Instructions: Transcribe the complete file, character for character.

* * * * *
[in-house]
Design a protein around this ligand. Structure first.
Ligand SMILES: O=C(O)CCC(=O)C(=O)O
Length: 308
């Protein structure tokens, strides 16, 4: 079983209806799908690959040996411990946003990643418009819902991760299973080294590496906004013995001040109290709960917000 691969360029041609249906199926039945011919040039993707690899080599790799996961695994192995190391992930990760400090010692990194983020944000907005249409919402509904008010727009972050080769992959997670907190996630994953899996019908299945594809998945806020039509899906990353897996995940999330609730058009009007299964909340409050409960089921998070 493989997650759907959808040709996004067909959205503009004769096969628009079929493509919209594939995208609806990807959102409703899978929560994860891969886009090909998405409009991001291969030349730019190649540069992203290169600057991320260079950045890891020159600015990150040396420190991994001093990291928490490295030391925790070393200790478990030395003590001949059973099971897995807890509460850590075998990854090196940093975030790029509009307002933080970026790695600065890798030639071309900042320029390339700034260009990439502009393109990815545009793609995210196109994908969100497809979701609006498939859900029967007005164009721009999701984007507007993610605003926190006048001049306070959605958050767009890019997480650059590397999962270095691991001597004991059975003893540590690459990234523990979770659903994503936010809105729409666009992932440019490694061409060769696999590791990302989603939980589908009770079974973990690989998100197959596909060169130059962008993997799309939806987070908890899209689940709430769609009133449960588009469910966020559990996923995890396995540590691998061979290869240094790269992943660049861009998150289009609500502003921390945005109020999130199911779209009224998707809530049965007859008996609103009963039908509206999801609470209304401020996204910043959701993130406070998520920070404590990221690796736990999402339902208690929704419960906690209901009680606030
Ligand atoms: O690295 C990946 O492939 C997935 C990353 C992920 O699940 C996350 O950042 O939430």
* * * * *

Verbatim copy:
[in-house]
Design a protein around this ligand. Structure first.
Ligand SMILES: O=C(O)CCC(=O)C(=O)O
Length: 308
């Protein structure tokens, strides 16, 4: 079983209806799908690959040996411990946003990643418009819902991760299973080294590496906004013995001040109290709960917000 691969360029041609249906199926039945011919040039993707690899080599790799996961695994192995190391992930990760400090010692990194983020944000907005249409919402509904008010727009972050080769992959997670907190996630994953899996019908299945594809998945806020039509899906990353897996995940999330609730058009009007299964909340409050409960089921998070 493989997650759907959808040709996004067909959205503009004769096969628009079929493509919209594939995208609806990807959102409703899978929560994860891969886009090909998405409009991001291969030349730019190649540069992203290169600057991320260079950045890891020159600015990150040396420190991994001093990291928490490295030391925790070393200790478990030395003590001949059973099971897995807890509460850590075998990854090196940093975030790029509009307002933080970026790695600065890798030639071309900042320029390339700034260009990439502009393109990815545009793609995210196109994908969100497809979701609006498939859900029967007005164009721009999701984007507007993610605003926190006048001049306070959605958050767009890019997480650059590397999962270095691991001597004991059975003893540590690459990234523990979770659903994503936010809105729409666009992932440019490694061409060769696999590791990302989603939980589908009770079974973990690989998100197959596909060169130059962008993997799309939806987070908890899209689940709430769609009133449960588009469910966020559990996923995890396995540590691998061979290869240094790269992943660049861009998150289009609500502003921390945005109020999130199911779209009224998707809530049965007859008996609103009963039908509206999801609470209304401020996204910043959701993130406070998520920070404590990221690796736990999402339902208690929704419960906690209901009680606030
Ligand atoms: O690295 C990946 O492939 C997935 C990353 C992920 O699940 C996350 O950042 O939430």